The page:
Don’t Ask Me Simple Questions, I Won’t Play Silly Games

(Charlie the Choo-Choo)

Charlie the Choo-Choo is a children’s book written by Beryl Evans, also sometimes known by what I believe is her pen name, Claudia y Inez Bachman. Why am I writing about a children’s book by some woman in my Stephen King blog? Well, if you know the Dark Tower, you know that both Beryl Evans and Claudia y Inez Bachman are inventions of Stephen King, as is Charlie the Choo-Choo. (And even if you don’t know the Dark Tower, the name “Bachman”, particularly as a pen name, might give you a clue that this is still a Stephen King thing.) But Charlie the Choo-Choo doesn’t only exist in the pages of the Dark Tower books. It was published on its own in 2017 as a children’s picture book — although Charlie himself looks sort of scary, as do some of the children riding in him, and I’m unsure if I would read this to an actual child if I had any small ones. Maybe Stephen King went ahead and made one for real because Jake can’t buy it if it doesn’t exist somewhere, right? On the cover, the author is listed as Beryl Evans.

If you’ve read the Dark Tower series, you’ve read everything in this book. I’m pretty sure it’s word for word the story that was read out loud by one of the characters. Engineer Bob is the Engineer for Charlie the Choo-Choo train; he discovers that Charlie is actually alive and can fuel himself; Charlie is retired in favor of a new, shiny, supposedly faster train, and Engineer Bob quits and becomes a custodian, basically, because he refuses to drive any train but Charlie. He keeps Charlie in running shape. Eventually, the new shiny thing breaks down when a bigwig really needs a ride to get to his daughter, so Engineer Bob offers up Charlie. The bigwig is impressed by Charlie’s speed and Engineer Bob’s skills at making him go fast (which are really Charlie’s self-fueling skills), and the daughter is delighted, so Charlie is brought out of retirement to pull children around as an amusement. Some of the children appear to be screaming, however. And Charlie himself is kind of a grumpy dude, refusing to “answer simple questions” or “play silly games” in response to pretty much anything.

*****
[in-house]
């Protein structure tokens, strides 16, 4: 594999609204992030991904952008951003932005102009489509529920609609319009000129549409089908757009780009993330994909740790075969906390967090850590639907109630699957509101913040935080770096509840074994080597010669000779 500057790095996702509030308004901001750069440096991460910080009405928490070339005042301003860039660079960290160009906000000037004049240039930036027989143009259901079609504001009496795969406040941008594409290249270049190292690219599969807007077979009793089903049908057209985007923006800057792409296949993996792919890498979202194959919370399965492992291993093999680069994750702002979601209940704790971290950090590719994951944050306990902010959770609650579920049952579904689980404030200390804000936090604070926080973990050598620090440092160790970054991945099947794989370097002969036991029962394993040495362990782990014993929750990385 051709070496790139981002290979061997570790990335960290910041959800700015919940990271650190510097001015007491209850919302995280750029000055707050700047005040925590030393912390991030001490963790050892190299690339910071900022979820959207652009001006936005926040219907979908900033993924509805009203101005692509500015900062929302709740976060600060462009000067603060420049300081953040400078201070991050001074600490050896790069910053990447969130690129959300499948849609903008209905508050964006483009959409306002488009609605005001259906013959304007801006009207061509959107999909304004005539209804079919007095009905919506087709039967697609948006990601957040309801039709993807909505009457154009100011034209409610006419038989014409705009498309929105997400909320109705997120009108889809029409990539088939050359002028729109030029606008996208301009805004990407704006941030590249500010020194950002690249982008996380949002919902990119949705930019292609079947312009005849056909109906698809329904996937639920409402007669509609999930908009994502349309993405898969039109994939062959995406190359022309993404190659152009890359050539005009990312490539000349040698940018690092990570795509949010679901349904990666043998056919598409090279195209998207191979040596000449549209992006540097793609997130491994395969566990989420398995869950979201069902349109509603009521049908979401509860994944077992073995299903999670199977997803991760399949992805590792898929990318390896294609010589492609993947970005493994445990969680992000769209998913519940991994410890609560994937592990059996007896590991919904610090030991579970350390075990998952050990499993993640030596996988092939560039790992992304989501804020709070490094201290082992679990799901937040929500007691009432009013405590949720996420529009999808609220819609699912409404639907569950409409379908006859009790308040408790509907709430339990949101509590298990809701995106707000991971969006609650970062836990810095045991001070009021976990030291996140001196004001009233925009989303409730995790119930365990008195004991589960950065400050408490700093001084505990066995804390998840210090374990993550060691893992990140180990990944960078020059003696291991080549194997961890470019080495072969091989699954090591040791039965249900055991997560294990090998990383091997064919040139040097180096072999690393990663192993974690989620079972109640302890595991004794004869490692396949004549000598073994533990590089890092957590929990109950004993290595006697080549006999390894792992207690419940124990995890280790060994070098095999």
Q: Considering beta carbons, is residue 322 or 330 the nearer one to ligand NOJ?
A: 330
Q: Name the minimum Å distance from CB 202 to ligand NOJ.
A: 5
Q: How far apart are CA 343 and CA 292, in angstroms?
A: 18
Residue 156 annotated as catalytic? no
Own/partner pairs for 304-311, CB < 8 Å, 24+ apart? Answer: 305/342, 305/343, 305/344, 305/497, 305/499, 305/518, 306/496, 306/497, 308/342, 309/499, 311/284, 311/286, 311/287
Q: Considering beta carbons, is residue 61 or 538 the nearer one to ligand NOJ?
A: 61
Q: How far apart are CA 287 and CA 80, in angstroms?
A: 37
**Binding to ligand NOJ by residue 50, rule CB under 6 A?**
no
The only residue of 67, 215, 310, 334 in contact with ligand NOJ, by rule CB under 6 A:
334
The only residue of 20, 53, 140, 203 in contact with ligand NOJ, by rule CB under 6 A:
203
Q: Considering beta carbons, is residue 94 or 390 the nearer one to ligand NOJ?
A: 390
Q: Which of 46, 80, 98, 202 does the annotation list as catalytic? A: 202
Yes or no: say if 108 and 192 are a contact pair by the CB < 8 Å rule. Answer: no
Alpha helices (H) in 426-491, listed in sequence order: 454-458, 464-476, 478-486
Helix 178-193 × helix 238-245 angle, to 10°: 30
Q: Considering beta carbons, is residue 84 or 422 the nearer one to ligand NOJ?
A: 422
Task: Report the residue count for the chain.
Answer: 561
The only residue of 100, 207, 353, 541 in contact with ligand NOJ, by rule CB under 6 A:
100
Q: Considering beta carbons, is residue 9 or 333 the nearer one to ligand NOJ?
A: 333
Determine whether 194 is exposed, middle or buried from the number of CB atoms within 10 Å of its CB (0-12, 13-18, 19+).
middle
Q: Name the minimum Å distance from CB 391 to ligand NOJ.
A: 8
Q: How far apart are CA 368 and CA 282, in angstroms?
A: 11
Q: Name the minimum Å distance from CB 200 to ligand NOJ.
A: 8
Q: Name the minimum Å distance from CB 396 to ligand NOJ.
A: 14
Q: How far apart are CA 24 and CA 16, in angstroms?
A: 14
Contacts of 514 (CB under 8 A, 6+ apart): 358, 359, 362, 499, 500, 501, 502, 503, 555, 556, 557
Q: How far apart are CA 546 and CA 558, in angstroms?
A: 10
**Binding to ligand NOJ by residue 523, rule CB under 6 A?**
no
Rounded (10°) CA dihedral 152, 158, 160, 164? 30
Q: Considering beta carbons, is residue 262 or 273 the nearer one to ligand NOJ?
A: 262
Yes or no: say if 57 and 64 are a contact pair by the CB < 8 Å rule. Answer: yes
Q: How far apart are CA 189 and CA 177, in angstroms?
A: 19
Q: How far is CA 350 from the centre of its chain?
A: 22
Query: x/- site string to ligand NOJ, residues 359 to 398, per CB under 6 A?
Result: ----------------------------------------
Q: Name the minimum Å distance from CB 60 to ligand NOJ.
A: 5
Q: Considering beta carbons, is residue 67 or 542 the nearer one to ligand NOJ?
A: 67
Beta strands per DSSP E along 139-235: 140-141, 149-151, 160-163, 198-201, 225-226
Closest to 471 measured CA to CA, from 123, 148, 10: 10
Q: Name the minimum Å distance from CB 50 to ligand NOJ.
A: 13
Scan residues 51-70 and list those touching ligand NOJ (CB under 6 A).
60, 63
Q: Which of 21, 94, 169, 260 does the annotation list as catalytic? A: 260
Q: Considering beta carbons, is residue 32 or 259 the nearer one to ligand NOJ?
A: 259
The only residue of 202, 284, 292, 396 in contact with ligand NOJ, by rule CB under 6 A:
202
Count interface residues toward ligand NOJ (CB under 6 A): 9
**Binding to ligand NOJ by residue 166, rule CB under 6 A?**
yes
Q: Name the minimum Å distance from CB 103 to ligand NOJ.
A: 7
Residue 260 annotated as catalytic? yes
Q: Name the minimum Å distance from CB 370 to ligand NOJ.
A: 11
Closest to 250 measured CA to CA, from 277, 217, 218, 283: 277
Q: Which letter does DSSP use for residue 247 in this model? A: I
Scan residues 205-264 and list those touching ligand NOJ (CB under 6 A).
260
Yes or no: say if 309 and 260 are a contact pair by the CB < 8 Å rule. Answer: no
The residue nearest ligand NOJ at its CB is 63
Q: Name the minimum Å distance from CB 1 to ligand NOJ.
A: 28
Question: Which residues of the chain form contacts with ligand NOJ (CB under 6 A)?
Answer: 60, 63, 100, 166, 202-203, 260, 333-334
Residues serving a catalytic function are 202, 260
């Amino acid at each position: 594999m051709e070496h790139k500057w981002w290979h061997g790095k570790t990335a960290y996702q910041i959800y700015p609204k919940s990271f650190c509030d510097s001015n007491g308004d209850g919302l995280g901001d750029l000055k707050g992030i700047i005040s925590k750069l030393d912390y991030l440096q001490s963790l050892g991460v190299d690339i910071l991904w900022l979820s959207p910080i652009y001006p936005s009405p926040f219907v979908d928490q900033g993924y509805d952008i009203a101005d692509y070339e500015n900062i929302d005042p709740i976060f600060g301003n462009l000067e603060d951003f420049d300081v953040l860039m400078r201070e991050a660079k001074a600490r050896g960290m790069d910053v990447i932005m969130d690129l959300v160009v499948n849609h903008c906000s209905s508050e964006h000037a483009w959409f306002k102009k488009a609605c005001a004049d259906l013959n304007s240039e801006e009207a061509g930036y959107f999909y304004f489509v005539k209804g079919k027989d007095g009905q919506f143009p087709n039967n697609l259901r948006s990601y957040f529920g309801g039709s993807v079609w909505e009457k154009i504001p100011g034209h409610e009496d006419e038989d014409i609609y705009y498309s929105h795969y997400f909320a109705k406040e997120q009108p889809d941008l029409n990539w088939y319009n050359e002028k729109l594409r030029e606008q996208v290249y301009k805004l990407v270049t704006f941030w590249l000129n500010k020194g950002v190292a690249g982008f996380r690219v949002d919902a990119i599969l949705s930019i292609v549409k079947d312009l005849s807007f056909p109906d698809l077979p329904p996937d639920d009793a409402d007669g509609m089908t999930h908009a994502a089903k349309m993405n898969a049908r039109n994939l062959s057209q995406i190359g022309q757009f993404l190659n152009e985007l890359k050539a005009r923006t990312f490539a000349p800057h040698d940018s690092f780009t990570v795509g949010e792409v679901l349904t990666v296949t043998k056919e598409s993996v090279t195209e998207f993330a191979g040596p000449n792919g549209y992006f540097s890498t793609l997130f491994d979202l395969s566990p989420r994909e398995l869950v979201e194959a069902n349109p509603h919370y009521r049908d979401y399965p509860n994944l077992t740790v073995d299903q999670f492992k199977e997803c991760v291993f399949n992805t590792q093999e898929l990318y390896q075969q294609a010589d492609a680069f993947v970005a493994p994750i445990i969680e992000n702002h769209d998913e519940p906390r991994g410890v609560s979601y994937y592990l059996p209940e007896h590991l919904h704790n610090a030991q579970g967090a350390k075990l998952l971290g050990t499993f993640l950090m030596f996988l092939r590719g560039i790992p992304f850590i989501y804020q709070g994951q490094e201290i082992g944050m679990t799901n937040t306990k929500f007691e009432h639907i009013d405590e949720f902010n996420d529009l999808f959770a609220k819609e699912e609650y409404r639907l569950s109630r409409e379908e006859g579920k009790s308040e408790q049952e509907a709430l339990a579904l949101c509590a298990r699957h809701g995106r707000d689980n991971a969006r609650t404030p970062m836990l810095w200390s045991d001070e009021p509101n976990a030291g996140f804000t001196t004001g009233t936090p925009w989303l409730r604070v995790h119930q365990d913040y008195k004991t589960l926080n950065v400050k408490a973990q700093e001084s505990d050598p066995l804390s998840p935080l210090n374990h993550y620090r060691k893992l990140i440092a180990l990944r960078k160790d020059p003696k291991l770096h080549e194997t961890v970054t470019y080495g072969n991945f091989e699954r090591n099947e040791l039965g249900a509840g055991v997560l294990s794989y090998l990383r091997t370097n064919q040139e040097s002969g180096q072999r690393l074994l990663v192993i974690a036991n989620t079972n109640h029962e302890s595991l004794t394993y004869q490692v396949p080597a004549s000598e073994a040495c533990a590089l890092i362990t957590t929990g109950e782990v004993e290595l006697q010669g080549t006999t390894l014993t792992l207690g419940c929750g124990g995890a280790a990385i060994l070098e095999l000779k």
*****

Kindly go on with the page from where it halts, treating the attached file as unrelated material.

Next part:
The illustrations by artist Ned Dameron really sell you the idea that this is the Charlie the Choo-Choo book that Jake bought early in the series. Charlie looks kinda creepy — not, like, outright demon train evil, but like he’s just waiting for his chance to be really evil — and the children are a mix. Some appear happy, and some really do look scared… as if a few of them caught on that this is not just an innocent, enjoyable train ride. The story itself is just words Dark Tower junkies have already read; nothing groundbreaking there, but it’s a neat piece of the Dark Tower anyway.


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